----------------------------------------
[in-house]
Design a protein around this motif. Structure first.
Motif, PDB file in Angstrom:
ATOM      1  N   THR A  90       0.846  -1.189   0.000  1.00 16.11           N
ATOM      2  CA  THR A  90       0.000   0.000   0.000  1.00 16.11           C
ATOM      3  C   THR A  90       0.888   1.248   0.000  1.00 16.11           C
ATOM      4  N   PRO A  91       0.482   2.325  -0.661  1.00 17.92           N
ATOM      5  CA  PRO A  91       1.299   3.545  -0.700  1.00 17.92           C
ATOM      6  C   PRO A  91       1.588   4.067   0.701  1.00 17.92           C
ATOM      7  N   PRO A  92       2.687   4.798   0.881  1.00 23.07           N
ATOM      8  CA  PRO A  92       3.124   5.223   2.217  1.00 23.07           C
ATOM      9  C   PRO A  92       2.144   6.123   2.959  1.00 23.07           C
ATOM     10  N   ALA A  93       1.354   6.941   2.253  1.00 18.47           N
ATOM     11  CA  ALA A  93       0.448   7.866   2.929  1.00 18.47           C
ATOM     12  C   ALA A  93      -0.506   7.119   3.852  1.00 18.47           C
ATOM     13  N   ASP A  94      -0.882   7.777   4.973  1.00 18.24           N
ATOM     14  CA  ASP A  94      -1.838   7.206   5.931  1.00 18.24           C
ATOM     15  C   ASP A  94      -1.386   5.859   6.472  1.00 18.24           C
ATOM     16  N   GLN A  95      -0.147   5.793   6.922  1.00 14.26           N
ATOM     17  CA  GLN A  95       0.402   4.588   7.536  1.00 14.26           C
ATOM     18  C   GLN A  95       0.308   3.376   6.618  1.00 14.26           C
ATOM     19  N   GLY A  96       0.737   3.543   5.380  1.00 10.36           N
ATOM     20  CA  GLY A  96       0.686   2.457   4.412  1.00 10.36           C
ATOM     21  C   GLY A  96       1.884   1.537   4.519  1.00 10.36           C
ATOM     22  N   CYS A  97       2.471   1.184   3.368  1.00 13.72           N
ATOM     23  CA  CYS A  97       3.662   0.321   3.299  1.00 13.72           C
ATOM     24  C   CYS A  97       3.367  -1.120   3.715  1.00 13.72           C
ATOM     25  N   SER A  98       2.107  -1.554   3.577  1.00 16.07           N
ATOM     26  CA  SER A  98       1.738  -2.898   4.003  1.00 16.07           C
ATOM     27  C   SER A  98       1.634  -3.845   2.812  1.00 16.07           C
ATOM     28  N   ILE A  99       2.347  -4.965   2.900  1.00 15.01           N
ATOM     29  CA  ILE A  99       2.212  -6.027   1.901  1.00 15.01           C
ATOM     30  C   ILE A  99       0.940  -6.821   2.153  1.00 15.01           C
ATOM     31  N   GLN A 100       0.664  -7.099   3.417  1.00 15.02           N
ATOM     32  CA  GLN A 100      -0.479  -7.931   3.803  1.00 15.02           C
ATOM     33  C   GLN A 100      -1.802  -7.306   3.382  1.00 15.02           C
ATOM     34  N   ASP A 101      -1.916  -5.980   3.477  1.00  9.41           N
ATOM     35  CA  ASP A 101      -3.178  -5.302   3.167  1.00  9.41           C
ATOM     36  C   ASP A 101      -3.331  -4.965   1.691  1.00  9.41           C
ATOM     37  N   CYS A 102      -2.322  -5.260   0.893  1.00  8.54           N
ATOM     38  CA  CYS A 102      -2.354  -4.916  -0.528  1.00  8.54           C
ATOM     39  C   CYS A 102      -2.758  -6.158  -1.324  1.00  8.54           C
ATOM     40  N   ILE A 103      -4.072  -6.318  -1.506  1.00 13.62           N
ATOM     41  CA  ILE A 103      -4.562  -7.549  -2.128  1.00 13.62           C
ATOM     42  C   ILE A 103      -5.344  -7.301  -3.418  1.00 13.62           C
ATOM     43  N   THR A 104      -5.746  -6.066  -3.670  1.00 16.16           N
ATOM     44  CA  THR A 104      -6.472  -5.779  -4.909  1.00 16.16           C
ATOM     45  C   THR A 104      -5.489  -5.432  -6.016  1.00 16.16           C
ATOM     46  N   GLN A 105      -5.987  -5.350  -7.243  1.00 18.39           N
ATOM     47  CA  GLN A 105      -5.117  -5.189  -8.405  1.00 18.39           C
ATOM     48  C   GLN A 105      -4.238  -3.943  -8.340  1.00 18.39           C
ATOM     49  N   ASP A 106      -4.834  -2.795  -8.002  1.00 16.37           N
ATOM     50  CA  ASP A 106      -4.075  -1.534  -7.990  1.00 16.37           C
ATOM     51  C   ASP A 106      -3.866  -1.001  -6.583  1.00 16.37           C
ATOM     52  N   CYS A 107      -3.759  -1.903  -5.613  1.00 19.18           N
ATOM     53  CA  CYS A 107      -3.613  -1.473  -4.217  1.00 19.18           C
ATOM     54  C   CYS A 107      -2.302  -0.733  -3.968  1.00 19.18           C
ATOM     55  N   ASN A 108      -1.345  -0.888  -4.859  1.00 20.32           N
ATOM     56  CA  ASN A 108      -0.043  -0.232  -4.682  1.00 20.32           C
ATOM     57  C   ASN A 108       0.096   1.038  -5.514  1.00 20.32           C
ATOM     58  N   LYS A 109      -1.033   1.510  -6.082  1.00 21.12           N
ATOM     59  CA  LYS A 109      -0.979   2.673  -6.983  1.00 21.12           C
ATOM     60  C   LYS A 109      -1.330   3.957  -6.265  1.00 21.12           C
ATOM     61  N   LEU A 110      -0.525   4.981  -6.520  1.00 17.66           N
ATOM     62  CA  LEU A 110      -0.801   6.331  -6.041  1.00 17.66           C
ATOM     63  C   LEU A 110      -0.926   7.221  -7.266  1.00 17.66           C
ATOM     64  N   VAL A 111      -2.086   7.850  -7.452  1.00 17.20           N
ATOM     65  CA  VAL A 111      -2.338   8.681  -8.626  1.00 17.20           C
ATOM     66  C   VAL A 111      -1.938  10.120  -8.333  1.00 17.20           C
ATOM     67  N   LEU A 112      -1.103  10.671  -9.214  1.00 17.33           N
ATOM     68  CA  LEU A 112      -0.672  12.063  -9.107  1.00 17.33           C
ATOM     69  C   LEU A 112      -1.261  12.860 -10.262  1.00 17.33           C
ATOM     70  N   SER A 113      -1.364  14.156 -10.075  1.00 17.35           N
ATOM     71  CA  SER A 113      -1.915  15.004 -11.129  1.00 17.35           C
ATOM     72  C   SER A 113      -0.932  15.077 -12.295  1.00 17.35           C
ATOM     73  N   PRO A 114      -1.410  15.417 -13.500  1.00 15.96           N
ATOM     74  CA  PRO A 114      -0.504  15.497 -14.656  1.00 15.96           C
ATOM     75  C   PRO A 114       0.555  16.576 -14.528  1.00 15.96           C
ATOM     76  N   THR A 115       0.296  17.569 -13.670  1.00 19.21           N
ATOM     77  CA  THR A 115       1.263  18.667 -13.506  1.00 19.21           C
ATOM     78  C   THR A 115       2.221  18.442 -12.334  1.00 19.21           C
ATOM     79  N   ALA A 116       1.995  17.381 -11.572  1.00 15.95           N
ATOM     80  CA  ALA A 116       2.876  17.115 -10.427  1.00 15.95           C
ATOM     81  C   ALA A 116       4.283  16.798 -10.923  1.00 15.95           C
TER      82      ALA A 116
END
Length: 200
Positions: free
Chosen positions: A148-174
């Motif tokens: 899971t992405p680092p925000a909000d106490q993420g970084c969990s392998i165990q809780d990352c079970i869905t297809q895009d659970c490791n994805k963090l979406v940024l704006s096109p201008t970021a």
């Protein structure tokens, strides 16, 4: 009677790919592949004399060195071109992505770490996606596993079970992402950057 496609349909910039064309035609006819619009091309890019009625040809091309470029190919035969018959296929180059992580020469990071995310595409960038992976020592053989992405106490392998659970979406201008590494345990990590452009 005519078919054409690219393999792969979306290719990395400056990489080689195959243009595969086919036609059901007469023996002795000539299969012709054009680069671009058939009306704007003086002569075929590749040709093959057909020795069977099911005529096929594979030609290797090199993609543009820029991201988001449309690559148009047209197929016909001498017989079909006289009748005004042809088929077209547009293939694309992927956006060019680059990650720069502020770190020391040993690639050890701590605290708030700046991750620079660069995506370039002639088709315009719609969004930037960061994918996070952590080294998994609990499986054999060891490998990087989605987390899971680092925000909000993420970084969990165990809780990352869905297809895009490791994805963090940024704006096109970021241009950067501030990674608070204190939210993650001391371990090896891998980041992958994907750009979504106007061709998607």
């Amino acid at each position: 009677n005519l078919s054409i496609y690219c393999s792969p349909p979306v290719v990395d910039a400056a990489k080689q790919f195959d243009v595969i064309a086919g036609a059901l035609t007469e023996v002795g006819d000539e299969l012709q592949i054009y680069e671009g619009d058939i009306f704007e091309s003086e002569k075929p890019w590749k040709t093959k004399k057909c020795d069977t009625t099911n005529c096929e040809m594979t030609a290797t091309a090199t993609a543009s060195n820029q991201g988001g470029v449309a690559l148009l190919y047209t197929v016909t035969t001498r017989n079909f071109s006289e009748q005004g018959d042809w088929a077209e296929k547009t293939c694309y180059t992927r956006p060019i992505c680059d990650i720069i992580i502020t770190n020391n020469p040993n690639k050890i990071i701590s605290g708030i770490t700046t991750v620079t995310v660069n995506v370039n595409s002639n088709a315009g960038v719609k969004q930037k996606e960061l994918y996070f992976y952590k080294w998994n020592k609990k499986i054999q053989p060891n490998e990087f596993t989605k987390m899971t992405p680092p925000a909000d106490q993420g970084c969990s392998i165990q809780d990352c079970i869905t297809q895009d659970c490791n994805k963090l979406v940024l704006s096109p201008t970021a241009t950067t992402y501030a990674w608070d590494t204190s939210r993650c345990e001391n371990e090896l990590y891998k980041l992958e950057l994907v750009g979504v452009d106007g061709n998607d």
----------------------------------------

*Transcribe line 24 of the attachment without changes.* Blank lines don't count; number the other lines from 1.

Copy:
ATOM     21  C   GLY A  96       1.884   1.537   4.519  1.00 10.36           C